The judgments of conviction are reversed.

McCREE, Circuit Judge (dissenting).

I do not agree with either opinion requiring reversal of the convictions. Since the differences between my brothers and me can be understood only by reference to the facts, I set them forth in pertinent detail.

The events leading to appellants' arrest and the searches and seizures of which they complain occurred during the early morning hours of March 27, 1970. Nelson and Wynder, accompanied by a third person who was dressed as a woman, drove into the Alamo Plaza Motel in Memphis, Tennessee. Nelson entered the motel office and paid in advance for two adjoining rooms. The room clerk, George R. Parham, observed that Nelson appeared to be nervous while waiting for Parham to register another person, and that Nelson walked "all the way to the front office" to watch a passing police car until it was out of sight. Parham's suspicions were aroused, and he therefore placed Nelson and his companions in two rooms clearly observable from the motel office.

When appellants drove from the registration office to their rooms, Parham observed that Nelson had misstated the license number of their automobile. After parking their vehicle so that the license number was no longer visible, the three proceeded hurriedly and surreptitiously to move objects from its trunk into their rooms. Shortly thereafter, the three emerged. Appellants' companion, who had been dressed as a woman, and who was registered as the wife of Nelson's male companion, at this time was dressed as a man and appeared to be a man. Nelson returned the room keys to the office to be held until his return, and said that he would "rather not have them on me." He also paid for a second night's lodging and announced that they were "going out on the town" and would be back.

After appellants had departed, Parham entered their rooms because, as the District Court found, his suspicions had been aroused, and opened their luggage. He found a cutting torch, still hot as if from recent use, a sack of money, what appeared to be burglar's tools, one or more guns, miscellaneous clothing, and a quantity of whiskey. Parham then stopped a passing police car and informed the officers therein of his suspicions and discoveries. One of the officers notified Lieutenant Billy G. Brooks of the Memphis Police Department. When Lieutenant Brooks arrived at the motel, Parham told him what had occurred and gave him a paper on which he had drawn a picture of the luggage and had typed a short statement of what had occurred and a list of the items he had observed:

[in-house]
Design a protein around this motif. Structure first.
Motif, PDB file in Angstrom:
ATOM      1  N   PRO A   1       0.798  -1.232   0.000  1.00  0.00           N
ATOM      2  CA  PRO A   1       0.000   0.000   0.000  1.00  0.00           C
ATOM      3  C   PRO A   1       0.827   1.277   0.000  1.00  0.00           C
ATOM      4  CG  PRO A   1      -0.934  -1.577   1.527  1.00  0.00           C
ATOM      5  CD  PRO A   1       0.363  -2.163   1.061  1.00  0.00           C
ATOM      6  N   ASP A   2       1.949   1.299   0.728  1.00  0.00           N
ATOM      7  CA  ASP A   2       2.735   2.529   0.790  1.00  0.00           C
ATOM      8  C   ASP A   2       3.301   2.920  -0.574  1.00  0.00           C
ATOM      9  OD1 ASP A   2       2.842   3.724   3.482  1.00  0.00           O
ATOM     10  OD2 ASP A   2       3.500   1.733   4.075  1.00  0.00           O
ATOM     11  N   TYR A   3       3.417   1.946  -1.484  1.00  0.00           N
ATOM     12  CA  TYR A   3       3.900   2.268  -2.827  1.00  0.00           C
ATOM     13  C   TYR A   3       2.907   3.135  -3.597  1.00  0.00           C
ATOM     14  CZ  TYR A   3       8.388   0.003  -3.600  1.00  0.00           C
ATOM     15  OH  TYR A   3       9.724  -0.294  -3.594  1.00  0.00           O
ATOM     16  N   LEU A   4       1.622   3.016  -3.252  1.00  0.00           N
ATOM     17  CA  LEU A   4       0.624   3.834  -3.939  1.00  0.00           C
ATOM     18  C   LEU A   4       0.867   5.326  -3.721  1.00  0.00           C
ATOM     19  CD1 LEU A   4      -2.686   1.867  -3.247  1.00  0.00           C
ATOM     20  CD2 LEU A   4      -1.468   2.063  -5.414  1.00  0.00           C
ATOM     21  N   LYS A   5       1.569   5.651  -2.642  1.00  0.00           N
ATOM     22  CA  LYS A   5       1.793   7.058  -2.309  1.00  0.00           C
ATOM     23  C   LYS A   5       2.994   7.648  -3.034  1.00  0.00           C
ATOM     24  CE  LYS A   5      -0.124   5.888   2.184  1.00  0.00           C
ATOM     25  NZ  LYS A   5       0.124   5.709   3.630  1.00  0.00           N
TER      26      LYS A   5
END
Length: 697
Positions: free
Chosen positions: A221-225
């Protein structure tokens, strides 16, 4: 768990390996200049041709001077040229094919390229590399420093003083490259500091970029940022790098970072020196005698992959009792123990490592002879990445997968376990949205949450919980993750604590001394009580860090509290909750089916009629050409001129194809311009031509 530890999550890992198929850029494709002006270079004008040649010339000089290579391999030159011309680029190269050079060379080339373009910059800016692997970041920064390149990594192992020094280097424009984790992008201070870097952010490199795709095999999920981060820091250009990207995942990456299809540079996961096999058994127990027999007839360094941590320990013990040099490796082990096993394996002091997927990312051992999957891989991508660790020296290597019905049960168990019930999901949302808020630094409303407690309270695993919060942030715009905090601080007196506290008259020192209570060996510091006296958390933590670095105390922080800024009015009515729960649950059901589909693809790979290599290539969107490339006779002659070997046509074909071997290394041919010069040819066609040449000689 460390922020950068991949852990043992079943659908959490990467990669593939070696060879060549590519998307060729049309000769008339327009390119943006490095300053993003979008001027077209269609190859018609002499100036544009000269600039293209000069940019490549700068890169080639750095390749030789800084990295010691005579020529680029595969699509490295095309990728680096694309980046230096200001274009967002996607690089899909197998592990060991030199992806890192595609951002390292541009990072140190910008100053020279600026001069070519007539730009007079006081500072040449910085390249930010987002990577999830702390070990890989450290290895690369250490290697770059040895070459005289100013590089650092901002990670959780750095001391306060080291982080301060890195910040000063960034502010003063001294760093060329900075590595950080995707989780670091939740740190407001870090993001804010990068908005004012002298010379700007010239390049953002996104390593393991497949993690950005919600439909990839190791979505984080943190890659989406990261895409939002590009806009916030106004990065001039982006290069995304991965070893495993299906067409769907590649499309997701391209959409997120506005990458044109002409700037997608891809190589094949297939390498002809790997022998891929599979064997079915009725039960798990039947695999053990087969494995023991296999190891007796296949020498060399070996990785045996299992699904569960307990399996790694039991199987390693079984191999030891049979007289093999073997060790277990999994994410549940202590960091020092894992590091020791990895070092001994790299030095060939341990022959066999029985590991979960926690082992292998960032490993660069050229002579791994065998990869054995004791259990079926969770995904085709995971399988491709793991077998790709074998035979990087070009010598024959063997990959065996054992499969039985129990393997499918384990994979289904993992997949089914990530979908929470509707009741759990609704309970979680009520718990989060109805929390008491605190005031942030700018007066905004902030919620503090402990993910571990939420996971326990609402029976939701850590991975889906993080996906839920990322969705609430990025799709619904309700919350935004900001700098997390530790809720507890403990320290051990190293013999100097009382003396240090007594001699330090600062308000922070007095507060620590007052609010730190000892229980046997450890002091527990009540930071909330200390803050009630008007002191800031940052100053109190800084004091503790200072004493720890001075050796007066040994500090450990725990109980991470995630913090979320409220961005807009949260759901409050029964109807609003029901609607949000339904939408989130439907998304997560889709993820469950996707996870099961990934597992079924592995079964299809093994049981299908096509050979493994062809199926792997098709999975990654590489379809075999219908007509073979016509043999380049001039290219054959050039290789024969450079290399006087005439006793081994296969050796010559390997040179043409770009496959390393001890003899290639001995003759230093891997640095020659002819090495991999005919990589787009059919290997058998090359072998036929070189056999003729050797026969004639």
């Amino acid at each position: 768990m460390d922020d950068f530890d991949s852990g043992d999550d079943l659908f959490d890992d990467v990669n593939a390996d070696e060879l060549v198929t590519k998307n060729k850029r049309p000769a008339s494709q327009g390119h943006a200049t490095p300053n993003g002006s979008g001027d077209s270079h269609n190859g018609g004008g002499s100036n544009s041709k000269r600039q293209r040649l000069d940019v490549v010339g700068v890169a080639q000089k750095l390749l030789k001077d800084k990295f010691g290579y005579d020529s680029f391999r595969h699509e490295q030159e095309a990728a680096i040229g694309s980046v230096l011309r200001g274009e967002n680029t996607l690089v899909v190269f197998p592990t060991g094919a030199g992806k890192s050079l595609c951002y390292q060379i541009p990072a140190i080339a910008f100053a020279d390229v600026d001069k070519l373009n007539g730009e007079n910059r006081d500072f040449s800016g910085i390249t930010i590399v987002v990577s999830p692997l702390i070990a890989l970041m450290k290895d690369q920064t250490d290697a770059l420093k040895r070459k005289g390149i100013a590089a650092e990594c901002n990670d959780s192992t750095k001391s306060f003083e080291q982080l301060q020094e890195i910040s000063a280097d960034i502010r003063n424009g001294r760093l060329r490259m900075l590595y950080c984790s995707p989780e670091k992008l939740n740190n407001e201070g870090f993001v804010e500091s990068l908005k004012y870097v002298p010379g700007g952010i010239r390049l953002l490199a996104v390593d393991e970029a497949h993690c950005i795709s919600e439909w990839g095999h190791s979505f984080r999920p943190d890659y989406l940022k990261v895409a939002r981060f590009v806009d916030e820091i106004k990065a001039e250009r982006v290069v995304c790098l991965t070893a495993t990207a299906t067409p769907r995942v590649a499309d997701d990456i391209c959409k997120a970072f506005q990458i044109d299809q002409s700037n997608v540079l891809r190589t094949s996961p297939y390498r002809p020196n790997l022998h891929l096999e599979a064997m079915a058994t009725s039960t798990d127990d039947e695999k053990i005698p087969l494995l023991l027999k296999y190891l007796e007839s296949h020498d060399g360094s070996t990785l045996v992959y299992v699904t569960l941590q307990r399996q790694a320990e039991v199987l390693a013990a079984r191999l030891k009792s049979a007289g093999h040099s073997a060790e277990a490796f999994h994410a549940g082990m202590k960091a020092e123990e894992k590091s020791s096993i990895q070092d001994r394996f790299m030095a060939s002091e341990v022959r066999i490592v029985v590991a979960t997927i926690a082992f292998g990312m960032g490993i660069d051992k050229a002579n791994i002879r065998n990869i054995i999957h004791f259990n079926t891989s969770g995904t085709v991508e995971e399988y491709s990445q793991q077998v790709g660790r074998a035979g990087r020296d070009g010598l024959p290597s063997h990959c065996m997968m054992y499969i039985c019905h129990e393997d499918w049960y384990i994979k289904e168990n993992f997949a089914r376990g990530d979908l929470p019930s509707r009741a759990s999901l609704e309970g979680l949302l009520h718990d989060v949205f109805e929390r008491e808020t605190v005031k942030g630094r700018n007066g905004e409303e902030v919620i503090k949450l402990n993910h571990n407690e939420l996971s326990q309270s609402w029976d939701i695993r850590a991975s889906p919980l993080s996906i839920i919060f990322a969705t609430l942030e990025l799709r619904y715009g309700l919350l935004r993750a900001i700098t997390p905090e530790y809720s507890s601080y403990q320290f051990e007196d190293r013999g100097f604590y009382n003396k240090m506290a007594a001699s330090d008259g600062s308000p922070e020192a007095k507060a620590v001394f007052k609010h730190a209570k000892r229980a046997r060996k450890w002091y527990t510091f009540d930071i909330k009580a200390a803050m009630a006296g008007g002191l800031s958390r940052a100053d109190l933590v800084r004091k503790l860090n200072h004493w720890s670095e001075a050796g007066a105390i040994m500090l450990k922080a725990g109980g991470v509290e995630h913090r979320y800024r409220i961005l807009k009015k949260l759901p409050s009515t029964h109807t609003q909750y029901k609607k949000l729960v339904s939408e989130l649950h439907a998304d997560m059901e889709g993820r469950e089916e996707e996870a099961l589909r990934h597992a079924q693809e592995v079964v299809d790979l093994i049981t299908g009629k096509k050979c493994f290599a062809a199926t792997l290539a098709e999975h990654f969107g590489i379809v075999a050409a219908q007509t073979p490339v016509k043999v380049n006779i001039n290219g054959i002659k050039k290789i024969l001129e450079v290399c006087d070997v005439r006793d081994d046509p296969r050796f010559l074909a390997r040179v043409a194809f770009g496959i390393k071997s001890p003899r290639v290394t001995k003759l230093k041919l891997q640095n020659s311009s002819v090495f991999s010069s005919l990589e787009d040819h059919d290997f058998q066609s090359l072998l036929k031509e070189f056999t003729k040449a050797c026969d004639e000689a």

overnight bags of whiskey, sack of money, tools and guns, one some clothes inside [sic]


large suitcase with a cutting torch inside

In an effort to obtain an identifying number from the gun or from some other item in the room, Brooks and Parham entered the room together. During their joint search they discovered a large number of money orders in one of the bags. Brooks noted the serial number of one of the money orders and the serial number of a gun and they left the room. Brooks then attempted to determine by telecommunication whether the gun or money order had been reported stolen. When it could not be determined whether they had been stolen, Brooks and Parham reentered the room where they had found the bags in order to examine the contents of a wallet they had found in the suitcase. They discovered a lady's identification item, a driver's license and a credit card. Using that information, the police contacted the sheriff's office in the county indicated on the identification card and learned that some of the property found in the motel room had been stolen. Brooks then summoned the burglary officers on duty at that time who, after consulting with Brooks, called their commanding officer, Inspector Boatright.